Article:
Greg Ward – Touch My Beloved’s Thought (2016)

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The Black Saint and the Sinner Lady was Charles Mingus’ masterwork of jazz orchestration, the 1963 summit of Mingus’ massive artistry. Just to replicate that could be a task but Chicago alto saxophonist Greg Ward went a step further and developed his own “ethnic folk-dance music” inspired by the fertile mind of Mingus.

Ward’s Touch My Beloved’s Thought (July 8, 2016, Greenleaf Music) is modern creative jazz that was conducted one August evening in Chicago commissioned in tribute to Mingus’ towering achievement. Recorded live at Constellation Chicago and accompanied by a ballet performance choreographed to go with the music, Ward had to first undertake the heady work of constructing a long-form jazz symphony and assemble a ten-piece orchestra comprised of a few of the town’s best jazz cats to execute it.

He did this having not heard The Black Saint and the Sinner Lady before being approached to help develop a music/dance performance based on this music. Ward ultimately chose the more difficult but more rewarding route by writing original music instead of transcribing or rearranging Mingus’ score.

The Black Saint was a recent revelation to the principal movers behind this project; not so much to yours truly but it’s been a while since I’ve last dove into it so a revisit was in order before absorbing Ward’s own major work. Juxtaposing the two provides some helpful context in understanding how the older piece informed the newer and how Ward’s own character shaped his project.

Touch My Beloved’s Thought is not The Black Saint and the Sinner Lady, The Sequel. That’s probably because Ward is an experienced hand at composing major scores. For ten years, he’s been doing this for choirs, orchestras, films, multi-media…you name it. He’s already established his composition style and it varies from Mingus’s; the younger composer is a product of the early 21st century, not the mid-19th century, and that shows up in the modern figures prevalent in “Daybreak,” and much of “Gather Round, The Revolution Is At Hand.” “Round 3” has sophisticated weaving of melody and counter melody while the rhythm section grooves, and then a catchy bridge that provides a platform for a Tim Haldeman tenor sax solo. Those are attributes heard in Ward’s earlier recordings.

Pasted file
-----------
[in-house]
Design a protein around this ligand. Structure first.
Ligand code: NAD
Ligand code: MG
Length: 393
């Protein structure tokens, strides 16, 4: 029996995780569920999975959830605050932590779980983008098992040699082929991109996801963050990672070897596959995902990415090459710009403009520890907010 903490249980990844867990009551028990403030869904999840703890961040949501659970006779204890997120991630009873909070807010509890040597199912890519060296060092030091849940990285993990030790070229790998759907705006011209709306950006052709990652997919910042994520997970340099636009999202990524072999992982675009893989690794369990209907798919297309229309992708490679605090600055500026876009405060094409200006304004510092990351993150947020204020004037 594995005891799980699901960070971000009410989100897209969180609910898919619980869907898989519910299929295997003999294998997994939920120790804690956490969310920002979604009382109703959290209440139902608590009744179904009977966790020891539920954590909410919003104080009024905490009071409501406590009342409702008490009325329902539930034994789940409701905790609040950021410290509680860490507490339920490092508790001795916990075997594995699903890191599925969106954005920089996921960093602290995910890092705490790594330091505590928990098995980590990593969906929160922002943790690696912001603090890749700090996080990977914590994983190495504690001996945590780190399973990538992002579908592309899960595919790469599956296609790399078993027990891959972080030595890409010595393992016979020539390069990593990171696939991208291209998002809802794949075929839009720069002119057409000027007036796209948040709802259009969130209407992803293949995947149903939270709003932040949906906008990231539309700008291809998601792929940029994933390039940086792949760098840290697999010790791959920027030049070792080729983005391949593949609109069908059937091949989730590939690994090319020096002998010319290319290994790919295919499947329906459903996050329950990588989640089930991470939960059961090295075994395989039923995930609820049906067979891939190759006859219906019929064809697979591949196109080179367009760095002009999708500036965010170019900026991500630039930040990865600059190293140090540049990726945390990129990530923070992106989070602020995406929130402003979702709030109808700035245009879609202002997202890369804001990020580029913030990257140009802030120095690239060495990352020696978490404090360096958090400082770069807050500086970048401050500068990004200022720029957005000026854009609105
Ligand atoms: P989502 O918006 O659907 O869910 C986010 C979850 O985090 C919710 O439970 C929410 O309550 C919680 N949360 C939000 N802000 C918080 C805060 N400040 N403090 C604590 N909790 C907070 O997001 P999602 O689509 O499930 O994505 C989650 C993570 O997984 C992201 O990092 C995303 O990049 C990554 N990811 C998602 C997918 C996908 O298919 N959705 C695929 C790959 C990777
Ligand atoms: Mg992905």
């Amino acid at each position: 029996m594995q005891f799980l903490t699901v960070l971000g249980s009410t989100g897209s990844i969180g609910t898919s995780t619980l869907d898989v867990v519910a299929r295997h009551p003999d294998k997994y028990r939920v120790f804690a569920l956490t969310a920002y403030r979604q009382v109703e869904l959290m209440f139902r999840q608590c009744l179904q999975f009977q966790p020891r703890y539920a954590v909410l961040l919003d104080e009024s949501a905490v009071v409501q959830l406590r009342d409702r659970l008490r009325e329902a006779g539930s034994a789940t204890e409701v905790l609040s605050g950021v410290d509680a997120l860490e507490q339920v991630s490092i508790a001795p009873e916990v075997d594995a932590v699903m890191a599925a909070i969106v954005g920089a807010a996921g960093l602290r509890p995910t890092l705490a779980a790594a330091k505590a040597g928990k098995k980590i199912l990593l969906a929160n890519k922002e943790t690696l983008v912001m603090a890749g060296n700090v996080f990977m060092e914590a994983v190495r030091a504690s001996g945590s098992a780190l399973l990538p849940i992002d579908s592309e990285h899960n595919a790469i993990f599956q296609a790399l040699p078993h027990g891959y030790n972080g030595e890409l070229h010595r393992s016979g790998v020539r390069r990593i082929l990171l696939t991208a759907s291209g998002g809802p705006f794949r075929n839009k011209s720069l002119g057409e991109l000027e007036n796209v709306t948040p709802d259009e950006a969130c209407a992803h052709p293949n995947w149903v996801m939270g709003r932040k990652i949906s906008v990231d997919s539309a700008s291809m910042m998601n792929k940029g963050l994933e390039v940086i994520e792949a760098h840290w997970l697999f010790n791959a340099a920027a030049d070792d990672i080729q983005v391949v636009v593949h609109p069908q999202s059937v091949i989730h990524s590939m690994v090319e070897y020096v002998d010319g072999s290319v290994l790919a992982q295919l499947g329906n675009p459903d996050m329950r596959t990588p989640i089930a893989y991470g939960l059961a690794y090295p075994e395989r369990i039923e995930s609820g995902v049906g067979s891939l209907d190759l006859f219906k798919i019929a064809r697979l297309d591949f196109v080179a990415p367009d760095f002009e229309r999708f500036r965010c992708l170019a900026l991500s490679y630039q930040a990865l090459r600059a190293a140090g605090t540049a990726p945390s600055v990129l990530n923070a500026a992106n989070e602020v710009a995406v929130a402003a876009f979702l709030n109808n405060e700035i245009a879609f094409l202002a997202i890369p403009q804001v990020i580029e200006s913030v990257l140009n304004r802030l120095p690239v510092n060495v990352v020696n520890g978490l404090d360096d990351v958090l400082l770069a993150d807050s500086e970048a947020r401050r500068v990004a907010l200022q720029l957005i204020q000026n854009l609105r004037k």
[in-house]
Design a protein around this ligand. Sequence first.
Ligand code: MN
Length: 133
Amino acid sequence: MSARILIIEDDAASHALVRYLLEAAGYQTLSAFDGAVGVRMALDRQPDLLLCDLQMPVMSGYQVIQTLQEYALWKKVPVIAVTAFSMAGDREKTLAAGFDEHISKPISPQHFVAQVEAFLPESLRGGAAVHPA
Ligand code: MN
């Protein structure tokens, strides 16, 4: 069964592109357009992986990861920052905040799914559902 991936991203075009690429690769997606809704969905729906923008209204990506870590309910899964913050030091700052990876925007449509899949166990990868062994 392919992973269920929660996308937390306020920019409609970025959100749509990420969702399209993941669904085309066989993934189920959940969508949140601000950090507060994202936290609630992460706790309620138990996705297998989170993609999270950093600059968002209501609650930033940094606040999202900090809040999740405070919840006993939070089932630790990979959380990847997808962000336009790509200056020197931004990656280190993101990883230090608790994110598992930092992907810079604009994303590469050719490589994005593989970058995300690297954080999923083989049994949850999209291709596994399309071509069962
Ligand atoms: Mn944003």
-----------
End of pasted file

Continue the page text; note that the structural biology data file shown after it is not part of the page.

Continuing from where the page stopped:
All the same, Ward picked up a lot of cues from the iconic bassist; Mingus’ flair for well-placed dramatics appears on “The Menacing Lean” in which the horns pop in with blasts and smears at first, and grows in presence until we have the organized chaos: calamity doesn’t ensue much, but it always seems to be right around the corner (and right in our laps for the free-form trombone fury or the brief “Smash, Push, Pull, Crash”). And the experimental Mingus was always a bebop guy at heart; likewise, “Grit” commences with a horn chart that teases familiar bop themes.

None of this is accidental; Ward carefully studied Mingus recordings and picked up fleeting or subtle moments in his music, then transferred them into a present-day setting. For instance, the kernel from “The Menacing Lean” came wholly from a four-second Mingus trombone passage. Other small shards like that were lifted as a way to graft a bit of The Black Saint‘s DNA toward the birthing of a wholly different being.

Ward’s direct nod to the bass genius Mingus happens with “Dialogue of the Black Saint,” where Jason Roebke’s bass solo is placed right at the beginning and leads right into a groove punctuated by hard horn punches and then an Ellingtonian plunged trombone solo.

Finally, “Gather Round, The Revolution Is At Hand” begins on a steady tone and not being particularly tumultuous, initially not leaving the impression of being the album-ending, twelve minute grand finale. But Ward steadily sends the composition on an upward arc, and the orchestral fury of Mingus is unleashed in the final minute.

In sports they often say “to be the best, you have to beat the best.” In art, it might be more applicable to state that “to be the best, you have to be inspired by the best.” The ever-curious, ever-expansive Greg Ward has a hard thirst for seeking out new sources of inspiration, which keeps him scaling new heights. Fittingly, Touch My Beloved’s Thought is his own artistic summit. For now, at least.


S. Victor Aaron

S. Victor Aaron

S. Victor Aaron is an SQL demon for a Fortune 100 company by day, music opinion-maker at night. His musings are strewn out across the interwebs on jazz.com, AllAboutJazz.com, a football discussion board and some inchoate customer reviews of records from the late 1990s on Amazon under a pseudonym that will never be revealed. E-mail him at svaaron@somethingelsereviews .com or follow him on Twitter at https://twitter.com/SVictorAaron
S. Victor Aaron
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